Nearly 125 years after Edward Redfield and William Langson Lathrop arrived in New Hope, the community is still known, far and wide, as an artists’ colony above all else. Within a few years, Redfield and Lathrop had become the nucleus of a profoundly talented group of painters, all of whom settled in or around New Hope.
They were drawn to the minutiae of everyday life and, even more so, the unspoiled landscape along the Delaware, which they painted year-round, each in their own distinct way.
Their art today is known collectively as Pennsylvania Impressionism, and it’s in greater demand than ever before. At a Philadelphia auction in June 2020, 36 Pennsylvania Impressionist paintings sold for more than $2.2 million. A Redfield landscape, “Spring at Point Pleasant on the Delaware River,” went for $483,000 alone.
While their legacy endures, the notion of New Hope as an art colony, 20 years ago, felt outdated. Surging real estate prices were forcing artists to live and work elsewhere. Main Street was lined with avant-garde shops, as always, but certainly the opening of a Starbucks right at the heart of town signaled the dawn of a new era.
Those who were plugged in, however, knew the local arts community was thriving. Much of it just remained out of public view. In 2002, Robin Larsen decided to do something about that. Specifically, she organized a woodworking exhibit, honoring the genre’s deep and storied history in the region, and a sculpture show. She also helped install several largescale sculptures in highly visible spots around New Hope.
It was an incredible effort, and she was just getting started. Later that year, she opened the New Hope Arts Center at 2 Stockton Avenue, in New Hope. In the 20 years since, the center has staged more than 150 exhibits and featured more than 8,500 visual and performing artists, according to Carol Cruickshanks, executive director of New Hope Arts, the nonprofit that operates the center. Larsen oversaw the organization until her death in 2009, at age 60.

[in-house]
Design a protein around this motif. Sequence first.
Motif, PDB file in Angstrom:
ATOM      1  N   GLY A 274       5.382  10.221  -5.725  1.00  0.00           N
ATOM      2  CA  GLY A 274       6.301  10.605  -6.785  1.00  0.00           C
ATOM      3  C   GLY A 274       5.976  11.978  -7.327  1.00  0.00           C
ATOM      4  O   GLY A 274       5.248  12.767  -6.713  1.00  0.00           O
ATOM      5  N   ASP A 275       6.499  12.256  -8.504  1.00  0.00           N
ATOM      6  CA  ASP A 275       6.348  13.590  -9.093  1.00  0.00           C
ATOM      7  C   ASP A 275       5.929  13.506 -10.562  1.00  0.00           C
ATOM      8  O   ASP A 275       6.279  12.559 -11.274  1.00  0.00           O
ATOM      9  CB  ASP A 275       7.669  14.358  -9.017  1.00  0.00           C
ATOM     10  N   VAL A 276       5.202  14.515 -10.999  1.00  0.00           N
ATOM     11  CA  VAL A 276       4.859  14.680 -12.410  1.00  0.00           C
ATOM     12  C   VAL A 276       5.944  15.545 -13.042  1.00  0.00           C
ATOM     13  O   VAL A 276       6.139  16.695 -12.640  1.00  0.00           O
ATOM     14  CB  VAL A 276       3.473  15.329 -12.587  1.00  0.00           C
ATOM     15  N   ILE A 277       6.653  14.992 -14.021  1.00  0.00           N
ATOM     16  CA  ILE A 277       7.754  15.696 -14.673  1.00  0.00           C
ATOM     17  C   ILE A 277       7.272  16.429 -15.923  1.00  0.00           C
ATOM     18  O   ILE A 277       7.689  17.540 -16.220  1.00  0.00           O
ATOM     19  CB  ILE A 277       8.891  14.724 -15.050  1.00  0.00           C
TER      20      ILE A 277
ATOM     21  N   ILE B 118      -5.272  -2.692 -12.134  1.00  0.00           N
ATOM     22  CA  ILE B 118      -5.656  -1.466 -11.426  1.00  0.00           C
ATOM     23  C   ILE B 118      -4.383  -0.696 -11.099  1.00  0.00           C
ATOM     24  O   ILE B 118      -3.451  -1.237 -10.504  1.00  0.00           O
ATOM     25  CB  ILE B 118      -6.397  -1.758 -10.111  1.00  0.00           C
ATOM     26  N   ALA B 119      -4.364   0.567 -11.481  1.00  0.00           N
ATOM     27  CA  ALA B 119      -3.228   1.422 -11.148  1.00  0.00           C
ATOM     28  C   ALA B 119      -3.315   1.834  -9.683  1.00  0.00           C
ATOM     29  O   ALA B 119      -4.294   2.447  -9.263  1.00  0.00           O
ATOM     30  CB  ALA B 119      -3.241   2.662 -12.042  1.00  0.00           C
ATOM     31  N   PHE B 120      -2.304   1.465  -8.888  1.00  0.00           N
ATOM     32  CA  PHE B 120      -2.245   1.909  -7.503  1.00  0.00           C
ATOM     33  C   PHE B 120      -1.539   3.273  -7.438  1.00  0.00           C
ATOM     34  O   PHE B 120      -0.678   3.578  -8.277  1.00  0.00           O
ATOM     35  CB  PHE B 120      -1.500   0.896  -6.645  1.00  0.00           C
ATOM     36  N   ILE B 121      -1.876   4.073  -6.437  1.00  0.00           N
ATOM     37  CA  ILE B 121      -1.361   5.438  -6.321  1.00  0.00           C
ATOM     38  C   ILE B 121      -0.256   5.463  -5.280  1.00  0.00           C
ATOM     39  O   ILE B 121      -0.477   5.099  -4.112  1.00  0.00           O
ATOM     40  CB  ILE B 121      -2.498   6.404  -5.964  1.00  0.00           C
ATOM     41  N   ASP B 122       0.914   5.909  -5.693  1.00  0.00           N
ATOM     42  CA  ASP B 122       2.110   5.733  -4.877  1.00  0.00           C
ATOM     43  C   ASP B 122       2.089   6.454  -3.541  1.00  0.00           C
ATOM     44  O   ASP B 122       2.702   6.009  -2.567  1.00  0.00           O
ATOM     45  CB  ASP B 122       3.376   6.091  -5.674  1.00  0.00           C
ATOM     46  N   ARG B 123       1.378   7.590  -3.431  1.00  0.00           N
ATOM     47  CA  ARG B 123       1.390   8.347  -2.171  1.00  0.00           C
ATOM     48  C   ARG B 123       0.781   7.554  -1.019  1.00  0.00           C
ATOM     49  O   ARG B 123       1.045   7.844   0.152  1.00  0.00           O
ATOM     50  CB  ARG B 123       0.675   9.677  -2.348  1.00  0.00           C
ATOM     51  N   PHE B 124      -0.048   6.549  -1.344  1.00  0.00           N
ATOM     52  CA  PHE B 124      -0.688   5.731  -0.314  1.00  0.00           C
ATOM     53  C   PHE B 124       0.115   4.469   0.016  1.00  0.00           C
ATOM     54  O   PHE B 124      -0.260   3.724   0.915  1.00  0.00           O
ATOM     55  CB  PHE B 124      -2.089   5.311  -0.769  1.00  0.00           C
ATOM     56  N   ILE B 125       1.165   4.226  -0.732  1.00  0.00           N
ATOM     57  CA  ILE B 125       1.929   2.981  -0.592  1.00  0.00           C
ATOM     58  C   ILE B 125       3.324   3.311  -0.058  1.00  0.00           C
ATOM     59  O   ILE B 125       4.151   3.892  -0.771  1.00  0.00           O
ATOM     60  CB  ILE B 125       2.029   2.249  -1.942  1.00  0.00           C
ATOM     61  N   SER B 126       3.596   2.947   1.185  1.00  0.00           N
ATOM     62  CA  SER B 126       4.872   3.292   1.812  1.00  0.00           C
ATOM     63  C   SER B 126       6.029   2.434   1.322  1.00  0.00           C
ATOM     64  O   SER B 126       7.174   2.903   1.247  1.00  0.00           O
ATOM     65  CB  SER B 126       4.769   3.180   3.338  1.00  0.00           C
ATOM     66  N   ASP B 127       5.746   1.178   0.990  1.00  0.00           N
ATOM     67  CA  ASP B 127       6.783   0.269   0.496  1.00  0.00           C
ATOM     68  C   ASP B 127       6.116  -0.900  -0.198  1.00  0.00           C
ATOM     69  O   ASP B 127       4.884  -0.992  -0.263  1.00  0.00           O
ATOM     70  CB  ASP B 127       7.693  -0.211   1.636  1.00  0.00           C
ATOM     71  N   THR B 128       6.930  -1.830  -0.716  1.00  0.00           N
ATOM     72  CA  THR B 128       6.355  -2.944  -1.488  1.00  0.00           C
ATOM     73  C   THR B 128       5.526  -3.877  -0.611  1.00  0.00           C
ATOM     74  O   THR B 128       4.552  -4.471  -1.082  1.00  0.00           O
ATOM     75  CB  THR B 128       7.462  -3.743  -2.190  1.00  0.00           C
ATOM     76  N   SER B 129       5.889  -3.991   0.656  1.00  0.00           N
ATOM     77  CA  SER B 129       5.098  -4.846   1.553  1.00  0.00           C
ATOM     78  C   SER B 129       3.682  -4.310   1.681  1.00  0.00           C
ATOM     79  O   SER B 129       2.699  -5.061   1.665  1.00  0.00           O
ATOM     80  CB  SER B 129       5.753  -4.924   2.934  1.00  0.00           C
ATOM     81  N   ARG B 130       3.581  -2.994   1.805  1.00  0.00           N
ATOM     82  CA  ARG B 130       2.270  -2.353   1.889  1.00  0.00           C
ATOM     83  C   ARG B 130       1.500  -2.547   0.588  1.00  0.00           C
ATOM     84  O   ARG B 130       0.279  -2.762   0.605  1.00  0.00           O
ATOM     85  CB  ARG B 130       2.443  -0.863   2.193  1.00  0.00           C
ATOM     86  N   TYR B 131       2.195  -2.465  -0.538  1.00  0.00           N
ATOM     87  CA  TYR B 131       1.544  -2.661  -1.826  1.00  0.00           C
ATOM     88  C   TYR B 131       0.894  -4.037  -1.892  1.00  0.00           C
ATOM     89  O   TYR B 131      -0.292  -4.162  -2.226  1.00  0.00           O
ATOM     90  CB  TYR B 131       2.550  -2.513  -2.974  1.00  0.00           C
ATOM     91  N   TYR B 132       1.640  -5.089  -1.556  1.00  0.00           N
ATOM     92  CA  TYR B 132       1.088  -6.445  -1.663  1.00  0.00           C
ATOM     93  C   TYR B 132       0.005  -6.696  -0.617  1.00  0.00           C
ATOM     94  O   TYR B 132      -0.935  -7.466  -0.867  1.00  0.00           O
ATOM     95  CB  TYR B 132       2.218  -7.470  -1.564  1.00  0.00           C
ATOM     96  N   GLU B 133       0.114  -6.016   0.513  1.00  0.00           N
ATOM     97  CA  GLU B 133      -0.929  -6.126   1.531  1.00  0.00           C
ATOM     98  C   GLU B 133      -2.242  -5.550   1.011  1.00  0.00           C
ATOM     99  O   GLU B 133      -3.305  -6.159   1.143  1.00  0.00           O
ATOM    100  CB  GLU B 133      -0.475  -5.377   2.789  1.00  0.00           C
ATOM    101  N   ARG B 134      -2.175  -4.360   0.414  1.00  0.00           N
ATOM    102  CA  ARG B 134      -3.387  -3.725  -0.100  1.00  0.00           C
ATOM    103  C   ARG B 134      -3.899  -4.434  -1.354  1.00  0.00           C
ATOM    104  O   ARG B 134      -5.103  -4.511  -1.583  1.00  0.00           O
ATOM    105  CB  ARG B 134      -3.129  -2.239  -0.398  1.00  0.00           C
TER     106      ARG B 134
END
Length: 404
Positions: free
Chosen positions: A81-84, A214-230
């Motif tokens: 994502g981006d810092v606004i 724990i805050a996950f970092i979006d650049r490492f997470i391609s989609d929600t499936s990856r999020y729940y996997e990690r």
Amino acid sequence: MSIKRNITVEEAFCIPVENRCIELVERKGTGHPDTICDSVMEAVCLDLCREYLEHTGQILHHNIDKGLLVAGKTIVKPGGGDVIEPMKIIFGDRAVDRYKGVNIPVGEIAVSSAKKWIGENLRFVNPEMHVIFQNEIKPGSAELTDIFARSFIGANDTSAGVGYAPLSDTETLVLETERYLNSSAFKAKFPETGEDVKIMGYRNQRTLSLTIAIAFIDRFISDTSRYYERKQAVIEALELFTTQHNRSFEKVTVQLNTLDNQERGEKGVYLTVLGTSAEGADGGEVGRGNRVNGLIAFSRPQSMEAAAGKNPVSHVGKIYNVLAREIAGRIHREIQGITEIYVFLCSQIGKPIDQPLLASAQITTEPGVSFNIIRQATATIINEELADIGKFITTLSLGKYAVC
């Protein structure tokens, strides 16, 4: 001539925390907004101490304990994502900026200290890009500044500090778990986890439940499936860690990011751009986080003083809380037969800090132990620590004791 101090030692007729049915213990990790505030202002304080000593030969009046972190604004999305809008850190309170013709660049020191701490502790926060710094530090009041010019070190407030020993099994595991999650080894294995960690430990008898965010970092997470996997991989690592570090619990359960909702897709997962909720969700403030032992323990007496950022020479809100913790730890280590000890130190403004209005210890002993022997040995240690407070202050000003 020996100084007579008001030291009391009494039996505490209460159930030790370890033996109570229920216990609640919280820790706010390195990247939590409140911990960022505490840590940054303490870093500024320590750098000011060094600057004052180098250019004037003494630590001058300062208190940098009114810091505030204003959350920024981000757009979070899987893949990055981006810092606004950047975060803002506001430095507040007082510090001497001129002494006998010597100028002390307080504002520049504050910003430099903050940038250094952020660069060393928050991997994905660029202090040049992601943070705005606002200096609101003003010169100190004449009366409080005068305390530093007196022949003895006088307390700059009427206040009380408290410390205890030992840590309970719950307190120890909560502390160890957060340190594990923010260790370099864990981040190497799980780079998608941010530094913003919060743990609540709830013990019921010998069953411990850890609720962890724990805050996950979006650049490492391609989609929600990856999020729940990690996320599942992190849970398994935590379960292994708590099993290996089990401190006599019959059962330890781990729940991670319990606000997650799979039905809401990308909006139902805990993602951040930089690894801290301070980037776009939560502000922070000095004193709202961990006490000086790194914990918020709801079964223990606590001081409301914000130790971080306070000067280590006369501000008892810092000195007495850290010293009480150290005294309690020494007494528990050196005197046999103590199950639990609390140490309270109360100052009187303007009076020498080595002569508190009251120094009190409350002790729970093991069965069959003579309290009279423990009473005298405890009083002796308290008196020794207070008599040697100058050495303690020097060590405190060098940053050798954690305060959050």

Each year, New Hope Arts presents 10 to 12 major exhibits at the center featuring sculpture, wood, painting, photography, fine artisan crafts, and new media installations. It also hosts live shows by performing artists.
“We support local emerging artists by introducing their work to new audiences,” Cruickshanks said in a video statement celebrating the organization’s 20th anniversary. “We also feature legacy exhibitions to honor historically important work with the connection to contemporary artists.”
In 2015, New Hope Arts received a grant from the PNC Foundation that enabled it to revive the outdoor sculpture installations around town. During the early months of the pandemic, when shops and restaurants were closed, they became a lifeline for locals and day-trippers, as well as the town itself.
By creating an inclusive space for working artists to be appreciated, Larsen proved that the arts were, in fact, alive and well in New Hope. Two decades later, her organization is ensuring that new voices continue to find their way to the surface – and that the small riverside town continues to be a magnet for creativity.
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